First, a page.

(Reuters) - Having gone through a similar ordeal, former England paceman Steve Harmison would prefer to see troubled batsman Jonathan Trott quit cricket and be happy rather than play and suffer.
A day after England were thrashed in the first Ashes test against Australia by 381 runs, Trott walked out on the squad with a stress-related issue, taking a break from cricket for the "foreseeable future".
In a column for England's Daily Telegraph, Harmison, who retired from cricket last month, said Trott should take professional help for permanent solution to his problems.
"There are a few of us in the game he can speak to, but if he never plays international cricket again and is happy, that is a better outcome than playing and suffering," said Harmison.
"Hopefully he will be back, but the only person who can sort it out is Jonathan."
Harmison, who made his England debut in 2002, took 226 wickets in 63 tests, including a memorable seven for 12 against the West Indies in Jamaica in 2004 which briefly earned him the top spot in the test bowler rankings.
Trott's struggle reminded Harmison of his own battle against depression that twice put him on the verge of withdrawing from the squad.
"Nobody knows more than me what it is like to be depressed while you are on a cricket tour because I spent 10 years hiding it as homesickness," said Harmison.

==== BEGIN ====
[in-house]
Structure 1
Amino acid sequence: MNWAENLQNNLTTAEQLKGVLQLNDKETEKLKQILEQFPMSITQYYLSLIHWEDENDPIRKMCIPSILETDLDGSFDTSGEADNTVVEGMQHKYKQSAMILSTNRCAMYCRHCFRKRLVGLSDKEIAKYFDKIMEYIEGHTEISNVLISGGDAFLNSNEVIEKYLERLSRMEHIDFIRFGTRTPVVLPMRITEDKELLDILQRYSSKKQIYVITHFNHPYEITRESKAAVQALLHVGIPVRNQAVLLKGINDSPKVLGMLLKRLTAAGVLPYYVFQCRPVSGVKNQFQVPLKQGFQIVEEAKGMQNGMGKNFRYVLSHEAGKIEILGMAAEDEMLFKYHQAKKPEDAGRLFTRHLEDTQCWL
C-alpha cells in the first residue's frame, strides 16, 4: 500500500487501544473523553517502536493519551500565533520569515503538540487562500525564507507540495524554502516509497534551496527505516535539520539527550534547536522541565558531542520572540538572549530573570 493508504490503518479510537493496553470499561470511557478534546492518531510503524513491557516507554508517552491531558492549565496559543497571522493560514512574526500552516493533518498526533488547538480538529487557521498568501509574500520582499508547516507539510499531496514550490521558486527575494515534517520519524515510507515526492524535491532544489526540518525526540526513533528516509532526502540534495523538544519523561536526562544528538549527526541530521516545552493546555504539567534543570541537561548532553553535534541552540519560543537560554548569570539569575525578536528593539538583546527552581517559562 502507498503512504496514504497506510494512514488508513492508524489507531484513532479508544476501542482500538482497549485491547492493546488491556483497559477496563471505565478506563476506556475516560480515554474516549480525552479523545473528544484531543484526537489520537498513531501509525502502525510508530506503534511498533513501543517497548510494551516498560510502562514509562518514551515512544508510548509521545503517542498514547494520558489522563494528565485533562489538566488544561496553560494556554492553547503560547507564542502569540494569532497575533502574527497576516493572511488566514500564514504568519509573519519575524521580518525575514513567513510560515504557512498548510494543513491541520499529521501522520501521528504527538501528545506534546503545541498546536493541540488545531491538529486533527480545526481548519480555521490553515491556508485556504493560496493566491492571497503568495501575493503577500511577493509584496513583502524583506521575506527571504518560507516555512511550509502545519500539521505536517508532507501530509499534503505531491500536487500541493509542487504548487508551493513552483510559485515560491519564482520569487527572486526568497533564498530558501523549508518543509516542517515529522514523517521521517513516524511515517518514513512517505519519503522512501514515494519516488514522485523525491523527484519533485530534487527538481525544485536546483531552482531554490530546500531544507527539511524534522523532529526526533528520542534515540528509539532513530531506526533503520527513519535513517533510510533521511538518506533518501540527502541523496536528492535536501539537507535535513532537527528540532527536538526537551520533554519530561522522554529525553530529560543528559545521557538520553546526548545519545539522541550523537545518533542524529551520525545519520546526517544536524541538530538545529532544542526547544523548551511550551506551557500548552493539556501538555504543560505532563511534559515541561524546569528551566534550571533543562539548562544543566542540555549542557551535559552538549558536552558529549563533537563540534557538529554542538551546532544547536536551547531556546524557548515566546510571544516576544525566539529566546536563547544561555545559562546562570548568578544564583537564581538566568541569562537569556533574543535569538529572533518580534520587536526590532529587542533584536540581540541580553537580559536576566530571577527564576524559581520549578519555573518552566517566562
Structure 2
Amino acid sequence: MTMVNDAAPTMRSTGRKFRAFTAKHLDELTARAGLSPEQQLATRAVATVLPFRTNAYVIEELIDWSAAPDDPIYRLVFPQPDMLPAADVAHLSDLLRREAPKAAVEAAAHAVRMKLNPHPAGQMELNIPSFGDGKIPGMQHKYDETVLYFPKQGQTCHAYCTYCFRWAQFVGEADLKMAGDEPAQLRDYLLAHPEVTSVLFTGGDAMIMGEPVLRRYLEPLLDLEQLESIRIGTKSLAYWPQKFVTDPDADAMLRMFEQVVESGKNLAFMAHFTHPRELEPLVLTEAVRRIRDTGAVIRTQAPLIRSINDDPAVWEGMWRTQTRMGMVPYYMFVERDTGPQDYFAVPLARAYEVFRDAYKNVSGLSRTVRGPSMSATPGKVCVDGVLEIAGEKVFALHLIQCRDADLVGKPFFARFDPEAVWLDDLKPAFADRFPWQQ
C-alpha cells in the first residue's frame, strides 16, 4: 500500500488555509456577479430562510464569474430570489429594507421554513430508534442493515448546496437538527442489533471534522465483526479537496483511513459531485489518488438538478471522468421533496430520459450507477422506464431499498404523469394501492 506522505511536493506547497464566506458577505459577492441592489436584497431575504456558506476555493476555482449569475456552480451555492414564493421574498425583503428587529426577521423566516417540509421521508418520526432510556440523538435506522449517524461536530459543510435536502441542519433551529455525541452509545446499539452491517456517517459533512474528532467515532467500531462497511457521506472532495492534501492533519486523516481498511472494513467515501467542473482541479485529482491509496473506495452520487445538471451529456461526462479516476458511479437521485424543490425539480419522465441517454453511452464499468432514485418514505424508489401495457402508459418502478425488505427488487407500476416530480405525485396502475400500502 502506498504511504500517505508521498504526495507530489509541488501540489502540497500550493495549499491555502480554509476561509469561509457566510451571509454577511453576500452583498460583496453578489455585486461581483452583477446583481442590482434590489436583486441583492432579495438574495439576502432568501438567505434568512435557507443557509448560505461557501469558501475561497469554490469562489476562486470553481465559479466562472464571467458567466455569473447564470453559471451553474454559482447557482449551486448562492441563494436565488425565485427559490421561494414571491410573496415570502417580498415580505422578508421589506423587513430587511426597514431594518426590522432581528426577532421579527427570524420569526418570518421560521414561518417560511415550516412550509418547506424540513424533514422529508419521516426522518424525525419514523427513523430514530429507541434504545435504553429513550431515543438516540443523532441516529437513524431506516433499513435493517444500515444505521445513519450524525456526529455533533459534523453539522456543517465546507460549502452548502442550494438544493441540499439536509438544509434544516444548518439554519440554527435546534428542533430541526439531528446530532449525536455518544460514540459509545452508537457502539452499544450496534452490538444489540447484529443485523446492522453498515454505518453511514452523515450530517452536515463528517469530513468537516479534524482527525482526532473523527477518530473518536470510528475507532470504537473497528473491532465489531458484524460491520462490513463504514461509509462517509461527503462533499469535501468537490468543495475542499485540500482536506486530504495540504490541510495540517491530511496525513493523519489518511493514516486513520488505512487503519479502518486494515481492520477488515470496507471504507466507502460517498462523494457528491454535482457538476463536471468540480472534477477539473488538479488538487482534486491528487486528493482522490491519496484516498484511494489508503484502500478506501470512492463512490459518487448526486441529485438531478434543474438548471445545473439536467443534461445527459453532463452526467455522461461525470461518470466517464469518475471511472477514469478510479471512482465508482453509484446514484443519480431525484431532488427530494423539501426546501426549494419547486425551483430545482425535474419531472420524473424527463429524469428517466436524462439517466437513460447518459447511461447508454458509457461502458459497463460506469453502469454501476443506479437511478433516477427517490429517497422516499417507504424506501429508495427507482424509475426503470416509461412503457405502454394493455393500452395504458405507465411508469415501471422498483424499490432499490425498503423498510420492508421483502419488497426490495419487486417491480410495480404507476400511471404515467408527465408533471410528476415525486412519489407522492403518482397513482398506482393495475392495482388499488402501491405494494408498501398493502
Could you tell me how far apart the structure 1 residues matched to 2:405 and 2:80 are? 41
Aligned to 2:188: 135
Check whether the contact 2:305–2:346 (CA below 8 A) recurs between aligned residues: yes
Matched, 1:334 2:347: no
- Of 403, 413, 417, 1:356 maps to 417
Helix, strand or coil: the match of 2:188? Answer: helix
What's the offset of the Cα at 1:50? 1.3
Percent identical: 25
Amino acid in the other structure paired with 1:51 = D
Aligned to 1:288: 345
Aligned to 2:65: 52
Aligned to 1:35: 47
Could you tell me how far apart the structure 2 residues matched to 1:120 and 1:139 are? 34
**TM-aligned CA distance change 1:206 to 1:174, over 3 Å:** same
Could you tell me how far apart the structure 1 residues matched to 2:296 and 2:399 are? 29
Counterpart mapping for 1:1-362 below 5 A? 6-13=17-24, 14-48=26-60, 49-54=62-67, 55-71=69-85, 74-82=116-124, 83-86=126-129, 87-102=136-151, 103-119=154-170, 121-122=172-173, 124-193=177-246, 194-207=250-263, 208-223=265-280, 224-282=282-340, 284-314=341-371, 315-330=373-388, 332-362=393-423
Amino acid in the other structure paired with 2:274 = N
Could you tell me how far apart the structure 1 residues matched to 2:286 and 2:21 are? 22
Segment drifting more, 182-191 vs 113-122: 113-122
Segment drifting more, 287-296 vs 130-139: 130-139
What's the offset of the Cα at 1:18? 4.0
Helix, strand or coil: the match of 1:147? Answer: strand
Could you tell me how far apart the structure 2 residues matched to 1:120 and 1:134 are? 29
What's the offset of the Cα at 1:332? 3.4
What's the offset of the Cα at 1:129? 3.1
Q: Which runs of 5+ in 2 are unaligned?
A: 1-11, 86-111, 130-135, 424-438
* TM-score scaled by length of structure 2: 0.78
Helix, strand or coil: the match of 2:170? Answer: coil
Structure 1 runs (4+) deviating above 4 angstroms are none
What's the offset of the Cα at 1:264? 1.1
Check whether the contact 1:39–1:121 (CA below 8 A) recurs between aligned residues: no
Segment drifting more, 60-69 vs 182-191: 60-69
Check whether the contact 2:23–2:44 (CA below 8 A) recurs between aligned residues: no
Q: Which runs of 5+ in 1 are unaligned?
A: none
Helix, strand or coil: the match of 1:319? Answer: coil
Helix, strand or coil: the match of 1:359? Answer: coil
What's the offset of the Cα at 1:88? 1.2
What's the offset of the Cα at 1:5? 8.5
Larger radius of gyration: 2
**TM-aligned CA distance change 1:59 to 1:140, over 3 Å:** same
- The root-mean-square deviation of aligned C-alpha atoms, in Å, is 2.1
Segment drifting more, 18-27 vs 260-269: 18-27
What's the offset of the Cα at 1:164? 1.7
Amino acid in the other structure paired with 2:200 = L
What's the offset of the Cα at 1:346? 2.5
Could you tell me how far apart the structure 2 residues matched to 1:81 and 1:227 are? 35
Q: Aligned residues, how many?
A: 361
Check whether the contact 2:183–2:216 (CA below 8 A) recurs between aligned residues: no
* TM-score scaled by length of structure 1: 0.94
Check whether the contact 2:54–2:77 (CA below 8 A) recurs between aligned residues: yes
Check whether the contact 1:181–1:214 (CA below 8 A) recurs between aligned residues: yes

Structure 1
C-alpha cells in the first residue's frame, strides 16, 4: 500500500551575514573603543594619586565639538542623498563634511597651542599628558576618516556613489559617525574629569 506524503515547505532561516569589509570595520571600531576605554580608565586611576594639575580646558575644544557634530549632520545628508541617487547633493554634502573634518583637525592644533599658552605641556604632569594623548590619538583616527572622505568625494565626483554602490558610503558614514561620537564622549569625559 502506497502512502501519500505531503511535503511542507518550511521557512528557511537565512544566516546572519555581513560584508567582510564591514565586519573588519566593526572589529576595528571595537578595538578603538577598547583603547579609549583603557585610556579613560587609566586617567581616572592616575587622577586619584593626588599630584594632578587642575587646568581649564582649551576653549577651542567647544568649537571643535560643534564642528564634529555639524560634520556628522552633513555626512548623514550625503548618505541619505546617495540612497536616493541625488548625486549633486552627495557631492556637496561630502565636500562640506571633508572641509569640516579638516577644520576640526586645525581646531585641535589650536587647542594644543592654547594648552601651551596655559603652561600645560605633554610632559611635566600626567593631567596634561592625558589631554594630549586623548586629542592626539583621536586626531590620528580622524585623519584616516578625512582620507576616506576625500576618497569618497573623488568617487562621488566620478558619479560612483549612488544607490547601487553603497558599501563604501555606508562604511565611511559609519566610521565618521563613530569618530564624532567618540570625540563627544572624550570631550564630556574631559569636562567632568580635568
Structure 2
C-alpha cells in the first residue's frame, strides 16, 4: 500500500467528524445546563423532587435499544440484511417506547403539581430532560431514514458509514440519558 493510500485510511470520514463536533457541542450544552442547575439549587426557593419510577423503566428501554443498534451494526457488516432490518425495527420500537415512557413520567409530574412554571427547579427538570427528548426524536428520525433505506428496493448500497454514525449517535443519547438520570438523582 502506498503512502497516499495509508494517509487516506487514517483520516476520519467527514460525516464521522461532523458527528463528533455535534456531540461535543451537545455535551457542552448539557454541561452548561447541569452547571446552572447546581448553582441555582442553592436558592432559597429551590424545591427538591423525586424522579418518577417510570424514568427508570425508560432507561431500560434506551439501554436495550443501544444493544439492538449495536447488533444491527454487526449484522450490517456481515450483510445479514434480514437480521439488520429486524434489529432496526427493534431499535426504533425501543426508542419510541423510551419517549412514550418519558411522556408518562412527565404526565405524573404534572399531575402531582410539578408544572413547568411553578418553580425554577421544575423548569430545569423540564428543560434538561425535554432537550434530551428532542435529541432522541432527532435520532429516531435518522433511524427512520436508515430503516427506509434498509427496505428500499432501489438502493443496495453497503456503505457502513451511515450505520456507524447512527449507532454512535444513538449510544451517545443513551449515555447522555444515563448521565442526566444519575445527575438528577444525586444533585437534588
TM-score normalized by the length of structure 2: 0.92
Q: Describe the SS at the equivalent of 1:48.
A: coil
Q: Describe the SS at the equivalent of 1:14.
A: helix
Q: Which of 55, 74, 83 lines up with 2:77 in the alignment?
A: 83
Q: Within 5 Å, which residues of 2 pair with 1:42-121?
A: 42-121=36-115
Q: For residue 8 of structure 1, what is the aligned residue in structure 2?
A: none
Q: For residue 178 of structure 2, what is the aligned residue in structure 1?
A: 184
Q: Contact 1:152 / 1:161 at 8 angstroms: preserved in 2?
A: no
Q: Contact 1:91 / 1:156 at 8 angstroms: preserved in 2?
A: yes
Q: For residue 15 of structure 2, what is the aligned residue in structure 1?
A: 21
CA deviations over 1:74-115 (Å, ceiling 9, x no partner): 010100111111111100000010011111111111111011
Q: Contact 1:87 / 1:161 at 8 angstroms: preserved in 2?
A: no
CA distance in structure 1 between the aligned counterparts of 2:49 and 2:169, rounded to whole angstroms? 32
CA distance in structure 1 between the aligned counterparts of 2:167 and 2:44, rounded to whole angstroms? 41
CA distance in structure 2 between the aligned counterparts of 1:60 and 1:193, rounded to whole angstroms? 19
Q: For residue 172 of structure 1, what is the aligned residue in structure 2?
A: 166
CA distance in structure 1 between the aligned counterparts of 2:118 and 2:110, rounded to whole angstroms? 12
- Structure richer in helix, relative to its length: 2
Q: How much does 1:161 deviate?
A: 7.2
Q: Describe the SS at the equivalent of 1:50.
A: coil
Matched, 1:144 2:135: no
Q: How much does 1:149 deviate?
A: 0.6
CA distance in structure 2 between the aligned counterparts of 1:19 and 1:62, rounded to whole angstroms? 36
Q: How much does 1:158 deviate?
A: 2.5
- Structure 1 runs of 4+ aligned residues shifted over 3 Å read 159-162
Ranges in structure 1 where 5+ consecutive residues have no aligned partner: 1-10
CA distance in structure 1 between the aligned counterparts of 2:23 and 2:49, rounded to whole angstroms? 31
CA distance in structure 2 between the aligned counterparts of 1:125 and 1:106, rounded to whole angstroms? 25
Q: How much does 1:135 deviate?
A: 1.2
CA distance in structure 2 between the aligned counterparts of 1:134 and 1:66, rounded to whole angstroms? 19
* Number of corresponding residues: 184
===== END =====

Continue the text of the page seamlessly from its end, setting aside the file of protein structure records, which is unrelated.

"I said I was homesick and that was actually used as a stick to beat me with. It was not just homesickness, although that did not help.
"It is a chemical imbalance in the brain and it is something I battled with for years. It tended to be inflamed when I was away from home because I did miss people, I was lonely and I did not have my support network around me."
England opener Marcus Trescothick pulled out of England's 2006-07 Ashes Tour with depression and never played international cricket again while spinner Michael Yardy also departed from England's 2011 World Cup team with depression.
Harmison, 35, wished he had opened up more about the problem during his playing days but said he was scared of the reaction that would follow.
"It is so, so tough. I can remember sleepless nights in hotel rooms where I would be in tears and then going out to play the next day," he said, adding he was more vulnerable to depression when alone.
"I used to surround myself with people. I took a dart board with me so that people would come to my room after training or a day's play.
"I was comfortable with people around, it was when I was alone that the world caved in." (Writing by Sudipto Ganguly; editing by Amlan Chakraborty)